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Date: Wed, 6 Aug 2014 06:03:35 -0400
From: Rich Felker <>
Subject: Re: Explaining cond var destroy [Re: C threads, v3.0]

On Wed, Aug 06, 2014 at 11:41:04AM +0200, Jens Gustedt wrote:
> Am Mittwoch, den 06.08.2014, 10:43 +0200 schrieb Jens Gustedt:
> > Am Dienstag, den 05.08.2014, 23:52 -0400 schrieb Rich Felker:
> > > If you think this is a bad idea, I'd be willing to hear alternate
> > > ideas. I'm not really happy with the cond var implementation (if
> > > nothing else, the sequence number thing is an ugly hack and not 100%
> > > robust, I think) and at some point I'd like to redesign it.
> > 
> > I am not sure about how to deal with this. The idea that destroy may
> > be blocking or even be doing a context switch to the kernel came as a
> > surprise to me. Maybe I would be happier if _c_destroy would be used
> > as a usage count and destroy would just spinlock on that would be more
> > straight.
> After digging a bit deeper I think I would favor a solution where no
> waiter has to touch the condition object at all when coming back from
> the wait. Currently this is not the case, in the contrary it reads
> _c_seq and then does heavy maintenance in the unwait() call.
> The return from a wait should just run into the the call to
> pthread_mutex_lock, which would be save since the call has access to
> that mutex from its arguments. All the bookkeeping should be done by
> pthread_cond_signal and pthread_cond_broadcast before they wake up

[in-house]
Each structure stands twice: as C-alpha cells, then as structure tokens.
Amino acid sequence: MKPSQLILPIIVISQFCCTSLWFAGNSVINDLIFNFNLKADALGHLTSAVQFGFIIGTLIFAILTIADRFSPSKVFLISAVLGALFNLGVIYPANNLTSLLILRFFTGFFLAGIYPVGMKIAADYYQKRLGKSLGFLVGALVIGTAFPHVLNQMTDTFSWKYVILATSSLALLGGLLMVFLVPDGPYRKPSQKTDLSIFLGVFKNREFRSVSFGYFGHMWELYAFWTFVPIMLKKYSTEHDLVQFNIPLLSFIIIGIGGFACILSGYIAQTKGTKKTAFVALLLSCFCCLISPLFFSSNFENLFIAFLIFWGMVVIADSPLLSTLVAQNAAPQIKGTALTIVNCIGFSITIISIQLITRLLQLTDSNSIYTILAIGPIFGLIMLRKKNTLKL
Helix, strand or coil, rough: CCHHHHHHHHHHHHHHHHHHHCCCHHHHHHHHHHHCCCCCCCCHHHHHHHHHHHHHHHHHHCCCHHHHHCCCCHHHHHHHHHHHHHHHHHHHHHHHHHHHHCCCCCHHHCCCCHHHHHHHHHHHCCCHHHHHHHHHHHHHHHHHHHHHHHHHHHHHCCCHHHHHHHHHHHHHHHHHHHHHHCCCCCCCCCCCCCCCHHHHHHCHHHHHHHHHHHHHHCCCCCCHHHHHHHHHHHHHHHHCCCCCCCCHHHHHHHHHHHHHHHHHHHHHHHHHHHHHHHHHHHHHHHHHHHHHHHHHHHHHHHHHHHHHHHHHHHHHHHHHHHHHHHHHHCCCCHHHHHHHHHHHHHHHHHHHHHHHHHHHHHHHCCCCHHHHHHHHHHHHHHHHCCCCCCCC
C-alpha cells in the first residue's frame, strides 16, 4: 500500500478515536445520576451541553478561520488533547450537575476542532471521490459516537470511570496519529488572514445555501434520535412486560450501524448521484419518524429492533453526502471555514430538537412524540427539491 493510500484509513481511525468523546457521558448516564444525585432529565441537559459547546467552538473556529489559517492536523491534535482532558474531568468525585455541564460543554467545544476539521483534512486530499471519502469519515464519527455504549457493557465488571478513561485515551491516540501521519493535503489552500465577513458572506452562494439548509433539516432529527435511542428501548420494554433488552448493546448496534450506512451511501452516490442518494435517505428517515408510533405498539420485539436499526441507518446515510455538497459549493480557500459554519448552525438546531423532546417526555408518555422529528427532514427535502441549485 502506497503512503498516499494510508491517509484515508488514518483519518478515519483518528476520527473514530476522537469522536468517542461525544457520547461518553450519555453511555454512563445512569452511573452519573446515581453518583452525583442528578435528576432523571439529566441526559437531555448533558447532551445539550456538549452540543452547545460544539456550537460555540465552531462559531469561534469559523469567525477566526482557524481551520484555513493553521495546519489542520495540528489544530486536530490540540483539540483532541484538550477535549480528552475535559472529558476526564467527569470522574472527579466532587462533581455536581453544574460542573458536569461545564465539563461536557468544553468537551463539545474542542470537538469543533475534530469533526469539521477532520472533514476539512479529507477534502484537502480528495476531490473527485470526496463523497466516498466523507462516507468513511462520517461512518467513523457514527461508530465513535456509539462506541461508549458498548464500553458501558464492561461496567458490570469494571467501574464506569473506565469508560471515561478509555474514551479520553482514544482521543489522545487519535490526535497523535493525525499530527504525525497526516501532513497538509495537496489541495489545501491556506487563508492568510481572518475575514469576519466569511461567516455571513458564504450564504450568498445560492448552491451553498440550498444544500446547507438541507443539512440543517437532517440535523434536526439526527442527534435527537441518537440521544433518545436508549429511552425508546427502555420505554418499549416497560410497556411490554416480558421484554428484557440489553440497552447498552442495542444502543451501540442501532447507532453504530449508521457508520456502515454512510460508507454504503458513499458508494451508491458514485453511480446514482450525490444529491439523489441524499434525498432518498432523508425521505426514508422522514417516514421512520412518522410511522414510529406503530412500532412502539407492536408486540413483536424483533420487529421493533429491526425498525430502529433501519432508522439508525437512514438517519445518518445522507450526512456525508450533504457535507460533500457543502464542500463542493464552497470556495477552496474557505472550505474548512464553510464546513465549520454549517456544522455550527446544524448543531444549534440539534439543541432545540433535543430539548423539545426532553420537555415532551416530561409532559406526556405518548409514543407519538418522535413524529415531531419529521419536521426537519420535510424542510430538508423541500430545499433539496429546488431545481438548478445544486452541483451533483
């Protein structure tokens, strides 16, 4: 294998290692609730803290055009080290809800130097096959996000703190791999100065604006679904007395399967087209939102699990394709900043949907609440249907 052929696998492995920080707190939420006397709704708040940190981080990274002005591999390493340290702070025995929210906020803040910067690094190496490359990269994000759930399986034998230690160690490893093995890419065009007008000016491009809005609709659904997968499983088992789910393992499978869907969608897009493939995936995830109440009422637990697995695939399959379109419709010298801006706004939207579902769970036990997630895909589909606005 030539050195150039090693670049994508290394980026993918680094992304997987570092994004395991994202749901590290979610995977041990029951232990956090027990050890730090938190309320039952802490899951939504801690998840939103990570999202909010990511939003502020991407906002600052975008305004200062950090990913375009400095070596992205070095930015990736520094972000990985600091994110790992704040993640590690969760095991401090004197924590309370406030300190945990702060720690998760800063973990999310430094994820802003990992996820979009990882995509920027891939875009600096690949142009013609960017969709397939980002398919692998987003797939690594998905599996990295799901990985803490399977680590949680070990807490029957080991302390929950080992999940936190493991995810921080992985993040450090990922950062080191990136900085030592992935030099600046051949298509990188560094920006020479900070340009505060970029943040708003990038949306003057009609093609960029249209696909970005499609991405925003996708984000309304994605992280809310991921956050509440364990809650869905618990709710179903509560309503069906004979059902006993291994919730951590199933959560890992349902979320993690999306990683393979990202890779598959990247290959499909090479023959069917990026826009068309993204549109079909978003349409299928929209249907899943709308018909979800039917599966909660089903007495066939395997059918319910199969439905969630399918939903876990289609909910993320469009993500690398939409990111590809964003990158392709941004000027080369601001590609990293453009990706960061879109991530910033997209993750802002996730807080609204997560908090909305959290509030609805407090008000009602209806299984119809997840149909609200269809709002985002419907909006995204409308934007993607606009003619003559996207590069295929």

> anybody.
> I am not sure that this would easily be possible with the current
> implementation, but I think that this would be ideal.

Yes, that would be my ideal too, but I'm not sure it's possible. Well,
not with an efficient implementation anyway. There's a trivial
implementation where pthread_cond_timedwait is basically just:

a_store(&c->_tid, self->tid);
__timedwait(&c->tid, self->tid, ts, clock, ts, cleanup, mtx, 0);

This makes signal and broadcast operations utterly trivial (just set
c->tid to 0 and call __wake with 1 or INT_MAX as the argument), but it
has lots of spurious wakes under contention, I think, and perhaps
other serious drawbacks too. If I remember correctly, musl's original
implementation looked something like the above, but I was also having
a hard time figuring out how to work requeue-to-mutex (which makes a
big deal to performance on big broadcasts) into it.

One idea I've been playing with is possibly eliminating most or all
use of waiter counts in musl and using a pure potential-waiters-flag
approach. That's a whole separate topic I should start a thread on,
but to be brief, it's motivated by some pathological behavior of
waiter counts under rapid lock/unlock by the same thread where a
useless futex wake happens after each unlock if the waiter has not yet
gotten a chance to run. If eliminating waiter counts would make it
easier to do a good cond var implementation that would be another
reason to consider it.


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